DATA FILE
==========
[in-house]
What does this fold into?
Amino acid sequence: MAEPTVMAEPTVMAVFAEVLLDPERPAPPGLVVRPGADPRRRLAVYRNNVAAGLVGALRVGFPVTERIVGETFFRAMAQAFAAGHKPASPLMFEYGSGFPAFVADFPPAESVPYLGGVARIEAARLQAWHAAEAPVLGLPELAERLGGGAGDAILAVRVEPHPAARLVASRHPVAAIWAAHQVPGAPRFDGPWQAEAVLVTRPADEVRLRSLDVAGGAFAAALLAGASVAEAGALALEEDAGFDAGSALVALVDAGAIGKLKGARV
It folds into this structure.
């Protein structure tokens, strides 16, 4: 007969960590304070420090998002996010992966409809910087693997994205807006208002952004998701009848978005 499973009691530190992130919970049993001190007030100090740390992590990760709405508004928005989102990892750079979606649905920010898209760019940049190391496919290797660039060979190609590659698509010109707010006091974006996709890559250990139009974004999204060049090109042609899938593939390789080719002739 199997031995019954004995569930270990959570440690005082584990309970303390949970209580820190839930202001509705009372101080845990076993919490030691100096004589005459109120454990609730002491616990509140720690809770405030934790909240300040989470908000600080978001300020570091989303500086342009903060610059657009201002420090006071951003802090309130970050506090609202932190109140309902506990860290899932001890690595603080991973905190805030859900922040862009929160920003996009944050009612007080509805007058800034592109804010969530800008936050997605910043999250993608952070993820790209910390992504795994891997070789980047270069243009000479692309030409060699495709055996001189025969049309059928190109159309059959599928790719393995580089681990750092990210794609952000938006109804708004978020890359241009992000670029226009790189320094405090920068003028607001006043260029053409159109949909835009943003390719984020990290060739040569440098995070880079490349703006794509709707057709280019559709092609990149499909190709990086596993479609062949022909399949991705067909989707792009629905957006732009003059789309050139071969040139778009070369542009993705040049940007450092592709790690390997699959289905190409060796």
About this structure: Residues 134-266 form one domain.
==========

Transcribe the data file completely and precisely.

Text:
[in-house]
What does this fold into?
Amino acid sequence: MAEPTVMAEPTVMAVFAEVLLDPERPAPPGLVVRPGADPRRRLAVYRNNVAAGLVGALRVGFPVTERIVGETFFRAMAQAFAAGHKPASPLMFEYGSGFPAFVADFPPAESVPYLGGVARIEAARLQAWHAAEAPVLGLPELAERLGGGAGDAILAVRVEPHPAARLVASRHPVAAIWAAHQVPGAPRFDGPWQAEAVLVTRPADEVRLRSLDVAGGAFAAALLAGASVAEAGALALEEDAGFDAGSALVALVDAGAIGKLKGARV
It folds into this structure.
């Protein structure tokens, strides 16, 4: 007969960590304070420090998002996010992966409809910087693997994205807006208002952004998701009848978005 499973009691530190992130919970049993001190007030100090740390992590990760709405508004928005989102990892750079979606649905920010898209760019940049190391496919290797660039060979190609590659698509010109707010006091974006996709890559250990139009974004999204060049090109042609899938593939390789080719002739 199997031995019954004995569930270990959570440690005082584990309970303390949970209580820190839930202001509705009372101080845990076993919490030691100096004589005459109120454990609730002491616990509140720690809770405030934790909240300040989470908000600080978001300020570091989303500086342009903060610059657009201002420090006071951003802090309130970050506090609202932190109140309902506990860290899932001890690595603080991973905190805030859900922040862009929160920003996009944050009612007080509805007058800034592109804010969530800008936050997605910043999250993608952070993820790209910390992504795994891997070789980047270069243009000479692309030409060699495709055996001189025969049309059928190109159309059959599928790719393995580089681990750092990210794609952000938006109804708004978020890359241009992000670029226009790189320094405090920068003028607001006043260029053409159109949909835009943003390719984020990290060739040569440098995070880079490349703006794509709707057709280019559709092609990149499909190709990086596993479609062949022909399949991705067909989707792009629905957006732009003059789309050139071969040139778009070369542009993705040049940007450092592709790690390997699959289905190409060796």
About this structure: Residues 134-266 form one domain.